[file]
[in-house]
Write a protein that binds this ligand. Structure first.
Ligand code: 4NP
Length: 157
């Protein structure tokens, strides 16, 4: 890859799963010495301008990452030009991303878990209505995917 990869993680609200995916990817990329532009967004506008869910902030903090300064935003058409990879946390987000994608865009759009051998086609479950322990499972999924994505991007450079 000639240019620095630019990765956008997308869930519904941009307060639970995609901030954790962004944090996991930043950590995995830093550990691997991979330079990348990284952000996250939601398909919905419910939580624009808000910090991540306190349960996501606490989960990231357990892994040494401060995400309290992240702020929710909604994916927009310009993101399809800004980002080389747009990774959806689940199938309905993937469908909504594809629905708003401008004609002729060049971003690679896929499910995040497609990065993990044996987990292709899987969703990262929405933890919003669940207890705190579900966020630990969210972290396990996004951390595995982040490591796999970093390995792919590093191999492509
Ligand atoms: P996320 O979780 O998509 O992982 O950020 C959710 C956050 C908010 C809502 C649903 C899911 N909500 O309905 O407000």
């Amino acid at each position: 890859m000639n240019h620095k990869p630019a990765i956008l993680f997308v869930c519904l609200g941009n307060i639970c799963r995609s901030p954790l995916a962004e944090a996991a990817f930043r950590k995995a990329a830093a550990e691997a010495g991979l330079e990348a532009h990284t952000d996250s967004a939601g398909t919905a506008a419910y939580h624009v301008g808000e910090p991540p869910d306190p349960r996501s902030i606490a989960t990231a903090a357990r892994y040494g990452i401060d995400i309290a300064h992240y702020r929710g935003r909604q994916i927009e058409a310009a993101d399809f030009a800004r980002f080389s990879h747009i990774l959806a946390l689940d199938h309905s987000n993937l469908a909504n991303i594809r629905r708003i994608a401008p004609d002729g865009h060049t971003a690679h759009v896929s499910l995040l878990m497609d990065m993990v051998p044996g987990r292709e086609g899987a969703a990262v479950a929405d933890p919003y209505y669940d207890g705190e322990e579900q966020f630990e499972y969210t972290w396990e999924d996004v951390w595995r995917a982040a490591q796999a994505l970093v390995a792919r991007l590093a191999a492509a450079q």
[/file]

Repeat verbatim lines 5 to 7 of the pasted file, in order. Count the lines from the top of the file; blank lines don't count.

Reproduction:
């Protein structure tokens, strides 16, 4: 890859799963010495301008990452030009991303878990209505995917 990869993680609200995916990817990329532009967004506008869910902030903090300064935003058409990879946390987000994608865009759009051998086609479950322990499972999924994505991007450079 000639240019620095630019990765956008997308869930519904941009307060639970995609901030954790962004944090996991930043950590995995830093550990691997991979330079990348990284952000996250939601398909919905419910939580624009808000910090991540306190349960996501606490989960990231357990892994040494401060995400309290992240702020929710909604994916927009310009993101399809800004980002080389747009990774959806689940199938309905993937469908909504594809629905708003401008004609002729060049971003690679896929499910995040497609990065993990044996987990292709899987969703990262929405933890919003669940207890705190579900966020630990969210972290396990996004951390595995982040490591796999970093390995792919590093191999492509
Ligand atoms: P996320 O979780 O998509 O992982 O950020 C959710 C956050 C908010 C809502 C649903 C899911 N909500 O309905 O407000």
């Amino acid at each position: 890859m000639n240019h620095k990869p630019a990765i956008l993680f997308v869930c519904l609200g941009n307060i639970c799963r995609s901030p954790l995916a962004e944090a996991a990817f930043r950590k995995a990329a830093a550990e691997a010495g991979l330079e990348a532009h990284t952000d996250s967004a939601g398909t919905a506008a419910y939580h624009v301008g808000e910090p991540p869910d306190p349960r996501s902030i606490a989960t990231a903090a357990r892994y040494g990452i401060d995400i309290a300064h992240y702020r929710g935003r909604q994916i927009e058409a310009a993101d399809f030009a800004r980002f080389s990879h747009i990774l959806a946390l689940d199938h309905s987000n993937l469908a909504n991303i594809r629905r708003i994608a401008p004609d002729g865009h060049t971003a690679h759009v896929s499910l995040l878990m497609d990065m993990v051998p044996g987990r292709e086609g899987a969703a990262v479950a929405d933890p919003y209505y669940d207890g705190e322990e579900q966020f630990e499972y969210t972290w396990e999924d996004v951390w595995r995917a982040a490591q796999a994505l970093v390995a792919r991007l590093a191999a492509a450079q």